Thursday, January 20, 2011

My old Kentucky books: The Interpreter's Bible

It's so, so great:

"A sense of history, as distinguished from the mere recollection of past events, is a sign of maturity. Without conscious manipulation, the disjunct episodes of the child's life begins to assume the appearance first of continuity and then of significance. This enables the child to make a beginning on the important job of understanding himself and his relation to events he shares with others. It is a paradigm of social growth. The development of broken ejaculations into sentences made continuity of discourse possible. Telling stories made continuity of experience possible. As folk tales became stereotyped, the gaps between episodes filled up, and the first adumbrations of the sense of history were seen. The record of social growth is found in the long process from primitive monosyllable to sophisticated history. Every linguistic and communicative device has been employed to make this possible: from grunt to grammar, from knotted string to reckless metaphor, from blazed forest trail to book index, the movement has gone on. Arnold J. Toynbee tells us civilization has reached maturity when it has a military establishment to protect it, a system of propaganda to rationalize it, a highly developed administrative system to give it internal stability, and a money currency to establish its credit. If these are factors in estimating social age, they are also helpful in understanding how mature cultures implement their sense of destiny, which is the moral imperative born of a sense of history. Depending on certain internal factors, it may be sinister or noble, edifying or destructive."

The Interpreter's Bible, Vol. IV. George Arthur Buttrick, ed. (Nashville: Abingdon, 1955) 431.


  1. I think the Interpreter's Bible is the high point of mid-century American thought. It was published just before the broad post-war consensus broke down under the pressures of the 1960s and before the decline of the humanities meant that we no longer produce scholars who can write with this level of polish and erudition.

    You should also check out the sermons of Peter Marshall, which were written at about the same time.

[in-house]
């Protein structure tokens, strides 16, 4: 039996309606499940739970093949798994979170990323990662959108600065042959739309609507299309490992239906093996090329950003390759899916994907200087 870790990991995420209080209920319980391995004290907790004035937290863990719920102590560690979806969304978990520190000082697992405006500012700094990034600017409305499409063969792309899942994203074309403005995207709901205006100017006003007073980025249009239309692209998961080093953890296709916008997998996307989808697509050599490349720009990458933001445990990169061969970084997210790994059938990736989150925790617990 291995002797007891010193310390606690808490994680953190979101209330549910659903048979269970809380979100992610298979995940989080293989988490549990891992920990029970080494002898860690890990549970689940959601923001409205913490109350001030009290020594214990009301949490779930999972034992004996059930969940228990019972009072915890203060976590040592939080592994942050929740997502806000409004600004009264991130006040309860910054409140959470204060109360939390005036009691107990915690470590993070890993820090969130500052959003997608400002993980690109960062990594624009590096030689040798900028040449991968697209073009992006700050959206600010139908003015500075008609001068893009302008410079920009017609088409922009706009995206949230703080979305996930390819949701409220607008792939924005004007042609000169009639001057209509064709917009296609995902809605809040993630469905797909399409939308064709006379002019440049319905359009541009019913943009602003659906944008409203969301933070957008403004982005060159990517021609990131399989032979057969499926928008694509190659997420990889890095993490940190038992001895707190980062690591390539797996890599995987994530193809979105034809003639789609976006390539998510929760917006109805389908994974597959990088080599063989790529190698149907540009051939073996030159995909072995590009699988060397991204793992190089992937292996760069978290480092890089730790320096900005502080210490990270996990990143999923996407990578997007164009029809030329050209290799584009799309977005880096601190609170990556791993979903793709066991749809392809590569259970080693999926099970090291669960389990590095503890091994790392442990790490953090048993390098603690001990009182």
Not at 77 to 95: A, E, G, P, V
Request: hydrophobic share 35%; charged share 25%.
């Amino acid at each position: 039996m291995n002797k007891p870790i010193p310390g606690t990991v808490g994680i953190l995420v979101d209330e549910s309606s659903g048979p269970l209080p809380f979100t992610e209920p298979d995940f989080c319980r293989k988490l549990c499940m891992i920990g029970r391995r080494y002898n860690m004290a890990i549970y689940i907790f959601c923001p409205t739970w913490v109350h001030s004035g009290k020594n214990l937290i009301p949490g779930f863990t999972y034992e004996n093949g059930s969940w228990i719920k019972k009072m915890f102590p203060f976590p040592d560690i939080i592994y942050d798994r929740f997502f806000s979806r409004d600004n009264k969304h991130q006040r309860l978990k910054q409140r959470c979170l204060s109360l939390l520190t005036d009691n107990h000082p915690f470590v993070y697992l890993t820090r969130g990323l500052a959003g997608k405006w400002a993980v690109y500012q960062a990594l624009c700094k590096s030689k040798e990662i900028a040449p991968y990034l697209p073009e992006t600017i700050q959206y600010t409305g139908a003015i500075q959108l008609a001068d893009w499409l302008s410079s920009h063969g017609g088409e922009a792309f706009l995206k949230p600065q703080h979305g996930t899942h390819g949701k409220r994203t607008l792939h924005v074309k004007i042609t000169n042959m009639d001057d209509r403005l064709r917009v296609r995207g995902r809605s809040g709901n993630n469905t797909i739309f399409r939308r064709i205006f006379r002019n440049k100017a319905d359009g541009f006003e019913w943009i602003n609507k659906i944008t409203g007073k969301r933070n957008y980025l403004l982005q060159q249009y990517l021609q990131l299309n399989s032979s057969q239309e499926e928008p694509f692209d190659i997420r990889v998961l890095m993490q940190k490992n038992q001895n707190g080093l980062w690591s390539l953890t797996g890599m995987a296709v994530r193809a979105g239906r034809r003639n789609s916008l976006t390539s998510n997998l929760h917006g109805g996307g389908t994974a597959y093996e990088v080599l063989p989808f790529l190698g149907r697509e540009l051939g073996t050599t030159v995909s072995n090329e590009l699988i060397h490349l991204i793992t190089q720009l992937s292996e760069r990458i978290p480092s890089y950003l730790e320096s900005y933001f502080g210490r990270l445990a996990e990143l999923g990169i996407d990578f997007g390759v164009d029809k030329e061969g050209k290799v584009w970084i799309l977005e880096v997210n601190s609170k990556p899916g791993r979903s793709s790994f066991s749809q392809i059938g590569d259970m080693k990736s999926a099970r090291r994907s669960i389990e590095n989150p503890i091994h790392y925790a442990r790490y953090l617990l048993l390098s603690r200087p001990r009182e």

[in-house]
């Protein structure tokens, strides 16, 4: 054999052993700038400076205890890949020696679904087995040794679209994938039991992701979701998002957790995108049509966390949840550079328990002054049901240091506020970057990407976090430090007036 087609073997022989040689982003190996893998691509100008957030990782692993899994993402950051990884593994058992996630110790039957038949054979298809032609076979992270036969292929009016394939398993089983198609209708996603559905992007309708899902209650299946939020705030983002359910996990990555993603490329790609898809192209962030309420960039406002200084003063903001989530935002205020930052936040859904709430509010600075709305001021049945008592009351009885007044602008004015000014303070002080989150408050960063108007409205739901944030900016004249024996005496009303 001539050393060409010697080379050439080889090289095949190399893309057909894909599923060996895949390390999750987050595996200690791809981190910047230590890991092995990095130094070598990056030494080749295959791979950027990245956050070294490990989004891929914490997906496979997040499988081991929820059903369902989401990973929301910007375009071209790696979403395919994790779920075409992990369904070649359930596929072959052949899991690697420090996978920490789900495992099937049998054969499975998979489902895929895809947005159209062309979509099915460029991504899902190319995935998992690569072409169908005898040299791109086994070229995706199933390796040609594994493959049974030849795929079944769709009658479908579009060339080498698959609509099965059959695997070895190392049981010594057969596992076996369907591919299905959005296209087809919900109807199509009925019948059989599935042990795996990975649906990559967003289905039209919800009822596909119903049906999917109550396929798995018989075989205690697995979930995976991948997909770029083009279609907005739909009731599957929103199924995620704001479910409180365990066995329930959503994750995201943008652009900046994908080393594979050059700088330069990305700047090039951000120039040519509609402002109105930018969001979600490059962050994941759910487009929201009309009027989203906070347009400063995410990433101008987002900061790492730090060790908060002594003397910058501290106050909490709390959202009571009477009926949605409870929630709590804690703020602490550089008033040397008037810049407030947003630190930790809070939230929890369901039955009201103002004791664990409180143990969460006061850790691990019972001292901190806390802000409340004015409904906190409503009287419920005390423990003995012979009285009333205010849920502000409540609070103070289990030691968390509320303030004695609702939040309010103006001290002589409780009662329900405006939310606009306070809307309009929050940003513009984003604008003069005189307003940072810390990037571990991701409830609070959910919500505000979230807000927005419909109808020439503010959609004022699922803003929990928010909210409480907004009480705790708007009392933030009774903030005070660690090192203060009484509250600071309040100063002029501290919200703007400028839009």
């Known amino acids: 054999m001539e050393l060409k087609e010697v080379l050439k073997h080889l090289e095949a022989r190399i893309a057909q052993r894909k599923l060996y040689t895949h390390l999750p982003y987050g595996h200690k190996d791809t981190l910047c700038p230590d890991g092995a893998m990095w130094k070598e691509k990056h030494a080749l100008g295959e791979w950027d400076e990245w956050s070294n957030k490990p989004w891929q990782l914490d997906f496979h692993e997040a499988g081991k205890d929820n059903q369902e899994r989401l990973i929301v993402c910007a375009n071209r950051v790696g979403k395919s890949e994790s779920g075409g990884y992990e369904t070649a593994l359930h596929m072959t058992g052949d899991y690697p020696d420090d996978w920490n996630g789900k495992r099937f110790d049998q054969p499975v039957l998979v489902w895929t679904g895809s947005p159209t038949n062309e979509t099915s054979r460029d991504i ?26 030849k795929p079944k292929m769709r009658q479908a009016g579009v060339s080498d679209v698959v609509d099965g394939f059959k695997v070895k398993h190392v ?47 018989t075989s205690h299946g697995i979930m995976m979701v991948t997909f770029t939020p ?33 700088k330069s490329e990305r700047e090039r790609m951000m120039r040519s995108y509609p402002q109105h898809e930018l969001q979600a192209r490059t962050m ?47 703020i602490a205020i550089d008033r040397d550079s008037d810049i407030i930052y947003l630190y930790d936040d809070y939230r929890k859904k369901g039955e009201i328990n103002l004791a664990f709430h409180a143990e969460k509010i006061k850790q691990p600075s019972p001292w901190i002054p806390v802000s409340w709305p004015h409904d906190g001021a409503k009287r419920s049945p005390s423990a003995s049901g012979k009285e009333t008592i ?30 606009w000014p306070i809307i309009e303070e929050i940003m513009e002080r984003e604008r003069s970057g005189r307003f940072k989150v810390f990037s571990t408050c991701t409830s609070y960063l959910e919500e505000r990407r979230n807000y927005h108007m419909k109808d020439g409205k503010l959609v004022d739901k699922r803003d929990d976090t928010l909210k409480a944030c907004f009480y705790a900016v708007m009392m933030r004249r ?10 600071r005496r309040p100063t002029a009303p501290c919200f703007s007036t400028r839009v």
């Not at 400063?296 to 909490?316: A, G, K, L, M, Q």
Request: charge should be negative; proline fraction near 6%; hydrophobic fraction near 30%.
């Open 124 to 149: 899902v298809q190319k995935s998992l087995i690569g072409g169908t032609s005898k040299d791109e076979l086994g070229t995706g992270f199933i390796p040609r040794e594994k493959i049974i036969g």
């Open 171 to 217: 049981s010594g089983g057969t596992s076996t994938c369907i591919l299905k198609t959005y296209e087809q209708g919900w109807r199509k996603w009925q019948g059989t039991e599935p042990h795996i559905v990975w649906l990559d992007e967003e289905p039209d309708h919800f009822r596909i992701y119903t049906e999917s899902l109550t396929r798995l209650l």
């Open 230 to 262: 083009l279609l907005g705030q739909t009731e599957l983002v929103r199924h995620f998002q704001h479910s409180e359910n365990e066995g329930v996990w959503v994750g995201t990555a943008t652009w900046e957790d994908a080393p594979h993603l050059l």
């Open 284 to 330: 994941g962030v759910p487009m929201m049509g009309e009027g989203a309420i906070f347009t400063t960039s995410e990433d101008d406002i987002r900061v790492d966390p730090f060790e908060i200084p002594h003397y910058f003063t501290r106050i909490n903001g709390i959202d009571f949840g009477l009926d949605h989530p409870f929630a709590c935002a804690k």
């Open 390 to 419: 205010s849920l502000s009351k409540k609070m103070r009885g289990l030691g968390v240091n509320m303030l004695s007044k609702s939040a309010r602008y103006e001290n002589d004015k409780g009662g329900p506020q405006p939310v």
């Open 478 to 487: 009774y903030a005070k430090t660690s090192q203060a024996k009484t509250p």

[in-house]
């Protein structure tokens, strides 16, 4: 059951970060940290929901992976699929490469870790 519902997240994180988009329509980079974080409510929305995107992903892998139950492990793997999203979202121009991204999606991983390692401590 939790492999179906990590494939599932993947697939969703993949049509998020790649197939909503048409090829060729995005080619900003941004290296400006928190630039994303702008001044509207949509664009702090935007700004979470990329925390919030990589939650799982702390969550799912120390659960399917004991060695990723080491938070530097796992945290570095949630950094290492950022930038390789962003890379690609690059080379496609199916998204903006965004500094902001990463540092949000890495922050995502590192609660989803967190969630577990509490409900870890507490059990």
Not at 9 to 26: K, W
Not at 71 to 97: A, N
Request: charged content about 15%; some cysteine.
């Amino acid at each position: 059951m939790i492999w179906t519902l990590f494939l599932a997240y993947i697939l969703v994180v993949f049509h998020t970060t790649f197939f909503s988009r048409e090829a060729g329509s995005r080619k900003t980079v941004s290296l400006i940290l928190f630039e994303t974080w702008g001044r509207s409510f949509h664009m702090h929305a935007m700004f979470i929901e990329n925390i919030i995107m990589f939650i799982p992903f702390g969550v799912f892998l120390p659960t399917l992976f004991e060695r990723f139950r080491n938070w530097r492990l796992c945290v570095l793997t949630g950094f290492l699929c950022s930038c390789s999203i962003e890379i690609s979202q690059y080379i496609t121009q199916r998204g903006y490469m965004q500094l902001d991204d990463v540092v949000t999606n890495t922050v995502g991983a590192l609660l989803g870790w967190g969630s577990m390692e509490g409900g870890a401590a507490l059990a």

2. I have a little book of his, based on one of his sermons. The art in it is fantastic.

    Also, a woman called Rachel and I have this movie in our Netflix queue. Ministers are awesome.

  3. Let me know if the movie is any good.

    If you go to any library that has a bunch of old books from the 1950s and 1960s, there's a good chance they have a book of Peter Marshall's sermons. They're really easy to find. They were all issued posthumously, after the success of his wife's book, "A Man Called Peter." (Your movie is based on that book.)

    I think the best book of his sermons is "Mr. Jones, Meet the Master."

  4. Vol. 8 also rocks. From Pages 194 and 195, about Luke 10:27-37: "(I)t is how I regard myself which determines whom I am going to regard as my neighbor. If what I most esteem in myself is something I share with only a small group of other men, my human interest will be largely limited to that group. If, on the other hand, the thing in myself by which I set largest store is something which every man at least potentially possesses, there will be no limit to my social concern. The priest and the Levite thought of themselves, esteemed themselves, primarily as priest and Levite; and the wounded man was neither. The Samaritan, however, thought of himself not primarily as a Samaritan of a certain class, or even as a Samaritan at all, but as a human being, and therefore to him the important thing was not that a Jew was in need of help, but that a man was.

    "For those who belong to the Christian tradition the significance of this common humanity is immeasurably deepened. For them the supremely important thing about themselves is that they stand in a certain relationship to God. The Christian makes the supremely significant affirmation about himself when he says: 'God made me, judges me, in Christ has suffered to redeem me. Whatever else may be true about me, nothing matters as compared with this.' But just that statement can be made also of every other man. In precisely the same sense God has made, judges, and offers to redeem all mankind. But it is only with man as man that God is concerned. And once I recognize this fact, I can no longer ascribe any great importance to racial, national, or cultural distinctions. God's love for me is no whit greater or less than his love for all my fellows.

    "One of the most terrible things about the world we live in is that it all but forces men to think of themselves in inadequate terms, to love themselves for the wrong reasons. The pride of one racial group forces another racial group to develop an equally false and divisive pride of its own. The selfishness of one industrial group forces another to develop a selfishness of its own. The nationalism of one country leads to the creation of an antagonistic nationalism in another. But such developments, understandable and perhaps, as things are, inevitable though they may be, do not belong to the essential order of the world. Humanity is really one; and the person who finds himself at his deepest level has found something which makes him kin with all sincere men."